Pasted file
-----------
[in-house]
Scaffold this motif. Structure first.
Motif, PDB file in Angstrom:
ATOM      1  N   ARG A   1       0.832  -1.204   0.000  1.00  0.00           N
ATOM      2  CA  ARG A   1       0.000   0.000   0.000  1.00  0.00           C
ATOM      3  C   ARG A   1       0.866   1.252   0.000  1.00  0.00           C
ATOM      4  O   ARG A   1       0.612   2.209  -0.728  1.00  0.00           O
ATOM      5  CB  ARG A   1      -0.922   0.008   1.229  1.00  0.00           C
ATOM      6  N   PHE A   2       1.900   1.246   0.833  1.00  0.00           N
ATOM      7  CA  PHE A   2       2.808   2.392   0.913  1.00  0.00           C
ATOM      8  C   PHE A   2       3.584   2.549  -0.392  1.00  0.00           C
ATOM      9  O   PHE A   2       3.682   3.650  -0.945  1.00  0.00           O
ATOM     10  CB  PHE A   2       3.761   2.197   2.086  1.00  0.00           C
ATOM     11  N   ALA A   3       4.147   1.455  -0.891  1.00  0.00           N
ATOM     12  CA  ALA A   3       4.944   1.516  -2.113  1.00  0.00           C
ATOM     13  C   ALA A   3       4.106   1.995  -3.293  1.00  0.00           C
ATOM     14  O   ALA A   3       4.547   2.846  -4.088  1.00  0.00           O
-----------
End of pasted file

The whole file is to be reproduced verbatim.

[in-house]
Scaffold this motif. Structure first.
Motif, PDB file in Angstrom:
ATOM      1  N   ARG A   1       0.832  -1.204   0.000  1.00  0.00           N
ATOM      2  CA  ARG A   1       0.000   0.000   0.000  1.00  0.00           C
ATOM      3  C   ARG A   1       0.866   1.252   0.000  1.00  0.00           C
ATOM      4  O   ARG A   1       0.612   2.209  -0.728  1.00  0.00           O
ATOM      5  CB  ARG A   1      -0.922   0.008   1.229  1.00  0.00           C
ATOM      6  N   PHE A   2       1.900   1.246   0.833  1.00  0.00           N
ATOM      7  CA  PHE A   2       2.808   2.392   0.913  1.00  0.00           C
ATOM      8  C   PHE A   2       3.584   2.549  -0.392  1.00  0.00           C
ATOM      9  O   PHE A   2       3.682   3.650  -0.945  1.00  0.00           O
ATOM     10  CB  PHE A   2       3.761   2.197   2.086  1.00  0.00           C
ATOM     11  N   ALA A   3       4.147   1.455  -0.891  1.00  0.00           N
ATOM     12  CA  ALA A   3       4.944   1.516  -2.113  1.00  0.00           C
ATOM     13  C   ALA A   3       4.106   1.995  -3.293  1.00  0.00           C
ATOM     14  O   ALA A   3       4.547   2.846  -4.088  1.00  0.00           O